Self-regulation Needed to Protect Cyber Liberty

Posted On: February 8, 2009
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Comments: 3 Responses

In the aftermath of the unfortunate event that led to Yio Chu Kang Member of Parliament (MP) Seng Han Thong being set on fire last month, Senior Minister of State (Information, Communication and the Arts) Lui Tuck Yew commented that the Internet community here “squandered” an opportunity to show that it was capable of a “higher degree of self-regulation”. I tend to agree with his observations.

When I first read the news report about the incident, I was filled with dread. I will not wish the same thing to happen to my family and friends, nor to another human being. When Ms. Lo Hwei Yen was killed in Mumbai terroist attack, many Netizens offered their condolences to the bereaved family members. So why did many provide unkind words instead of encouragement to the Minister in question? Just because he is a member of the PAP?

The question of self-regulation in cyberspace has been debated countless times. Most notably in recent times, due to a spate of defamation charges and political confrontation, a civic network called the Thai Netizens Network, designed to promote and protect cyber liberty was formed, raising the issue of self-regulation in Thailand. Globablly, there seems to be a rising number of cases where bloggers have been jailed, usually for crossing certain social, racial and political lines.

Many Netizens bemoan the lack of journalistic freedom. They wish to express their own opinions. They want to condemn or praise someone else’s actions without repercussions. They demand to be heard and actions taken in response to what they express. That is all fine. They do deserve their rights. However, everyone of these people need to have a basic understanding that with the power of autonomy, there will be a stronger need to have accountability. Netizens do have to be responsible for their thoughts and actions, translated on the Web in their comments or blog entries. The price of failing to do so could very well be the freedom that they sought.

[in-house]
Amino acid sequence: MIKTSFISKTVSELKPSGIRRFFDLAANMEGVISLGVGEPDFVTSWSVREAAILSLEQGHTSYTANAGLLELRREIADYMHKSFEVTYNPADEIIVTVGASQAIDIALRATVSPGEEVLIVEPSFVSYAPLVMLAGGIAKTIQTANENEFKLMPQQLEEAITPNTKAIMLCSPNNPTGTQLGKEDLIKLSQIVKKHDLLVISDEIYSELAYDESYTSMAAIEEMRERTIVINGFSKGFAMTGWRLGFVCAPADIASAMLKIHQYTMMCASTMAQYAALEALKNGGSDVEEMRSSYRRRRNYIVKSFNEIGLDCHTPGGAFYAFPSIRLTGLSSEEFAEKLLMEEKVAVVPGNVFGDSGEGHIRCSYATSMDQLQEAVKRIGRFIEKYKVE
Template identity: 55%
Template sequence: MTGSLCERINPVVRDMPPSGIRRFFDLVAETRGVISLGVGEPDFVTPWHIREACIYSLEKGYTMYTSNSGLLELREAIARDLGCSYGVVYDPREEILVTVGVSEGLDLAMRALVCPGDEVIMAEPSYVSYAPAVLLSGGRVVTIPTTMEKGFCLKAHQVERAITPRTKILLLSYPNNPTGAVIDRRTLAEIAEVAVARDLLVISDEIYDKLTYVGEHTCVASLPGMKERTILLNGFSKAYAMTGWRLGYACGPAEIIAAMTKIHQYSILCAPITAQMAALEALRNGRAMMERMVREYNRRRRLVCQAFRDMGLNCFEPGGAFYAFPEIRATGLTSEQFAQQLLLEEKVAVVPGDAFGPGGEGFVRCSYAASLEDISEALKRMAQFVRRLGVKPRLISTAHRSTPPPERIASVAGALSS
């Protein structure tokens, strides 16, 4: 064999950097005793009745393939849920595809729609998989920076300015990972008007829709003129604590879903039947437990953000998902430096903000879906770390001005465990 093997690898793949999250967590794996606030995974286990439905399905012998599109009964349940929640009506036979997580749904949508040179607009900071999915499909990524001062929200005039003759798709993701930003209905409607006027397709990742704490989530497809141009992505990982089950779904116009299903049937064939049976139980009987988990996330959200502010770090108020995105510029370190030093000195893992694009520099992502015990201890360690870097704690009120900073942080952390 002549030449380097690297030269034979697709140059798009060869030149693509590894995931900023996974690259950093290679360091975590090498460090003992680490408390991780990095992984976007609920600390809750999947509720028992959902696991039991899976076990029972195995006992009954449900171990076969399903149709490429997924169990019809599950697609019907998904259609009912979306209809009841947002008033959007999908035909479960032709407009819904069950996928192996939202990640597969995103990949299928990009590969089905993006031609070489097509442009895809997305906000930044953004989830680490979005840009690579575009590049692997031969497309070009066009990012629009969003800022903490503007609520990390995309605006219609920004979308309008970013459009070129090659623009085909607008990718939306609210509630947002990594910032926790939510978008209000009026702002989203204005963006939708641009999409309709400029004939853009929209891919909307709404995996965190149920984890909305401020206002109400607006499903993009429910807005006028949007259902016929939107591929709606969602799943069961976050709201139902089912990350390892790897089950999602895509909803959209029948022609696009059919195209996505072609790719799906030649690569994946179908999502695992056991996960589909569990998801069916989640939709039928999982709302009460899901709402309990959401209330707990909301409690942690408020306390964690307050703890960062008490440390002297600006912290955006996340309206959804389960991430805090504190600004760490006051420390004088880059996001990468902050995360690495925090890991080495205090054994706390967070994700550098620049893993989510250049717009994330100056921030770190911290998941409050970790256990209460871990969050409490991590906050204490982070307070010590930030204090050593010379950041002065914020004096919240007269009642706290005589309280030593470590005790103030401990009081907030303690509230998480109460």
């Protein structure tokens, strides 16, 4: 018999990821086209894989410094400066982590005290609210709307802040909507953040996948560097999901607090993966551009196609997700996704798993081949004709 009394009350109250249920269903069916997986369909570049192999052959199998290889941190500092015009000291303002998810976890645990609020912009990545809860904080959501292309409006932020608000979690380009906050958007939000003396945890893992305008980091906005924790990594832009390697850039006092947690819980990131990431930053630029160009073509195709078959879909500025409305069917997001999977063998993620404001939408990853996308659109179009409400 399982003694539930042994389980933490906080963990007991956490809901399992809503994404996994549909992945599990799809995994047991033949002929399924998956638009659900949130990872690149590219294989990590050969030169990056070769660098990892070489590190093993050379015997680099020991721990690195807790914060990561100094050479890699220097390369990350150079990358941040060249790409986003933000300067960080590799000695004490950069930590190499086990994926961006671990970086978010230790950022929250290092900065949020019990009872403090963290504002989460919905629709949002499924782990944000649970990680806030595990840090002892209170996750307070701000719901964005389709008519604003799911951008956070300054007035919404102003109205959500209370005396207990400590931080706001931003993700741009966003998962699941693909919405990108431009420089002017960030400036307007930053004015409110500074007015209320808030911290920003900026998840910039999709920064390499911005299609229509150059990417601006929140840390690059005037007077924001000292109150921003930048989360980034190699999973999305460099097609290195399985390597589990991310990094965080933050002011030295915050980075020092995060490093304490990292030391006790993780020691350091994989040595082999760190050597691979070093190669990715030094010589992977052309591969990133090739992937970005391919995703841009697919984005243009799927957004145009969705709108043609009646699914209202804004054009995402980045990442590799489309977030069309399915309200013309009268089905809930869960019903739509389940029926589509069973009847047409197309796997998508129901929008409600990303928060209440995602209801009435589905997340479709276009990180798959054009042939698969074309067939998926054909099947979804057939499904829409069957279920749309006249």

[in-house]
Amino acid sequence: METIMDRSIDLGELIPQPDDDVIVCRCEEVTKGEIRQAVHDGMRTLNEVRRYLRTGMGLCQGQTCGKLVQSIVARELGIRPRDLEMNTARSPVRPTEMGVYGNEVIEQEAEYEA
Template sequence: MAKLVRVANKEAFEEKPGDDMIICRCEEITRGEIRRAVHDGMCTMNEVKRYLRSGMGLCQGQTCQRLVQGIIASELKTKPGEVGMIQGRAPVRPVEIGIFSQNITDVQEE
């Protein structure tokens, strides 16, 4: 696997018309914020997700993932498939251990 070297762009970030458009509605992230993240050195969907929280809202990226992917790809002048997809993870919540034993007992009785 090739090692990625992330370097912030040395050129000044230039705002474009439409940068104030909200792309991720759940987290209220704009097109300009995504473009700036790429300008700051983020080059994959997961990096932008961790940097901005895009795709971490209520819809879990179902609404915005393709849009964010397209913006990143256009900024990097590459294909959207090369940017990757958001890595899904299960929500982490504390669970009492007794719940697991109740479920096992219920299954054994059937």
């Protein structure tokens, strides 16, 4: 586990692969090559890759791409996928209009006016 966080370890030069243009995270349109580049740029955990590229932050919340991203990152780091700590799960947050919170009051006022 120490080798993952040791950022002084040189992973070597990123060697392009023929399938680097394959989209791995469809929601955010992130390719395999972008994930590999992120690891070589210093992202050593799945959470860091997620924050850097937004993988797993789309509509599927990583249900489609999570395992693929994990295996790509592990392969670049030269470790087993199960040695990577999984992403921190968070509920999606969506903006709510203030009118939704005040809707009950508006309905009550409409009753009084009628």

In closing, I wish to quote Peter F. Ducker on the nature of freedom, on which he said:

Freedom is not fun. It is not the same as individual happiness, nor is it security or peace or progress. It is a responsible choice. Freedom is not so much a right as a duty. Real freedom is not freedom from something; that would be license. It is freedom to choose between doing or not doing something, to act one way or another, to hold one belief or the opposite. It is not “fun” but the heaviest burden laid on man: to decide his own individual conduct as well as the conduct of society and to be responsible for both decisions.

Thus, I hope Singaporeans, and possibly all Netizens of the world, to make the right decisions. Be mature, be responsible and thou shalt have the crown jewel that is freedom.


P.S: In case you are wondering, the above picture has nothing to do with the subject 😛